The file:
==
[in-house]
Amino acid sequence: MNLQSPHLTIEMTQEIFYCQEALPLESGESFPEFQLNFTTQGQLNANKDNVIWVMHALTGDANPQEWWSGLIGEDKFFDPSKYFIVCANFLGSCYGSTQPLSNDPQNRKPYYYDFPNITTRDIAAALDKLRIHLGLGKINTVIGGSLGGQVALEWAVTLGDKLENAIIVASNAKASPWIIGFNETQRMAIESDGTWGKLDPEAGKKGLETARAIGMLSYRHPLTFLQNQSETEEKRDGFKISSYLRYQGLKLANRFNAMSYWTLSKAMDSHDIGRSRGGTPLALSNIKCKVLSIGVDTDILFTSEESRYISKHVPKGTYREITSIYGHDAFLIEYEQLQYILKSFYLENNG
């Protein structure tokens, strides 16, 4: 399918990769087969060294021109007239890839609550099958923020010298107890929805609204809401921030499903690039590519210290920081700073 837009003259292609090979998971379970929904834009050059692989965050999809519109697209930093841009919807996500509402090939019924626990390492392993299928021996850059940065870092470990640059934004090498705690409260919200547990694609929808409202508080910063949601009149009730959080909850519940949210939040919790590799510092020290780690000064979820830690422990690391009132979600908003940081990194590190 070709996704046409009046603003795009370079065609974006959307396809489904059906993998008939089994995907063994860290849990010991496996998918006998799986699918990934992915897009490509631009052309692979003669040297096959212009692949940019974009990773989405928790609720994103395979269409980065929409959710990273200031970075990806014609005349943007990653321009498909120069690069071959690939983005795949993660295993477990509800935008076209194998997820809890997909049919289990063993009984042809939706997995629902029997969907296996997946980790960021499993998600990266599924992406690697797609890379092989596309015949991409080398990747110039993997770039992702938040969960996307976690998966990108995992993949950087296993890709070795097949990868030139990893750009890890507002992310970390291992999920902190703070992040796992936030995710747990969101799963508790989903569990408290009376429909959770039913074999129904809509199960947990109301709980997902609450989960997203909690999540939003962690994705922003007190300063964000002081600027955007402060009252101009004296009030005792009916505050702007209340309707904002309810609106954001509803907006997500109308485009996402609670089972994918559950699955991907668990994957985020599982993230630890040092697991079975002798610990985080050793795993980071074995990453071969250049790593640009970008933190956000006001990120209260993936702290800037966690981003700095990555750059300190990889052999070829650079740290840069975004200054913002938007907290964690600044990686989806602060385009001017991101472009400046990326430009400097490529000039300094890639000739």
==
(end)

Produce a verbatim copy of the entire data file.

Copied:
[in-house]
Amino acid sequence: MNLQSPHLTIEMTQEIFYCQEALPLESGESFPEFQLNFTTQGQLNANKDNVIWVMHALTGDANPQEWWSGLIGEDKFFDPSKYFIVCANFLGSCYGSTQPLSNDPQNRKPYYYDFPNITTRDIAAALDKLRIHLGLGKINTVIGGSLGGQVALEWAVTLGDKLENAIIVASNAKASPWIIGFNETQRMAIESDGTWGKLDPEAGKKGLETARAIGMLSYRHPLTFLQNQSETEEKRDGFKISSYLRYQGLKLANRFNAMSYWTLSKAMDSHDIGRSRGGTPLALSNIKCKVLSIGVDTDILFTSEESRYISKHVPKGTYREITSIYGHDAFLIEYEQLQYILKSFYLENNG
């Protein structure tokens, strides 16, 4: 399918990769087969060294021109007239890839609550099958923020010298107890929805609204809401921030499903690039590519210290920081700073 837009003259292609090979998971379970929904834009050059692989965050999809519109697209930093841009919807996500509402090939019924626990390492392993299928021996850059940065870092470990640059934004090498705690409260919200547990694609929808409202508080910063949601009149009730959080909850519940949210939040919790590799510092020290780690000064979820830690422990690391009132979600908003940081990194590190 070709996704046409009046603003795009370079065609974006959307396809489904059906993998008939089994995907063994860290849990010991496996998918006998799986699918990934992915897009490509631009052309692979003669040297096959212009692949940019974009990773989405928790609720994103395979269409980065929409959710990273200031970075990806014609005349943007990653321009498909120069690069071959690939983005795949993660295993477990509800935008076209194998997820809890997909049919289990063993009984042809939706997995629902029997969907296996997946980790960021499993998600990266599924992406690697797609890379092989596309015949991409080398990747110039993997770039992702938040969960996307976690998966990108995992993949950087296993890709070795097949990868030139990893750009890890507002992310970390291992999920902190703070992040796992936030995710747990969101799963508790989903569990408290009376429909959770039913074999129904809509199960947990109301709980997902609450989960997203909690999540939003962690994705922003007190300063964000002081600027955007402060009252101009004296009030005792009916505050702007209340309707904002309810609106954001509803907006997500109308485009996402609670089972994918559950699955991907668990994957985020599982993230630890040092697991079975002798610990985080050793795993980071074995990453071969250049790593640009970008933190956000006001990120209260993936702290800037966690981003700095990555750059300190990889052999070829650079740290840069975004200054913002938007907290964690600044990686989806602060385009001017991101472009400046990326430009400097490529000039300094890639000739």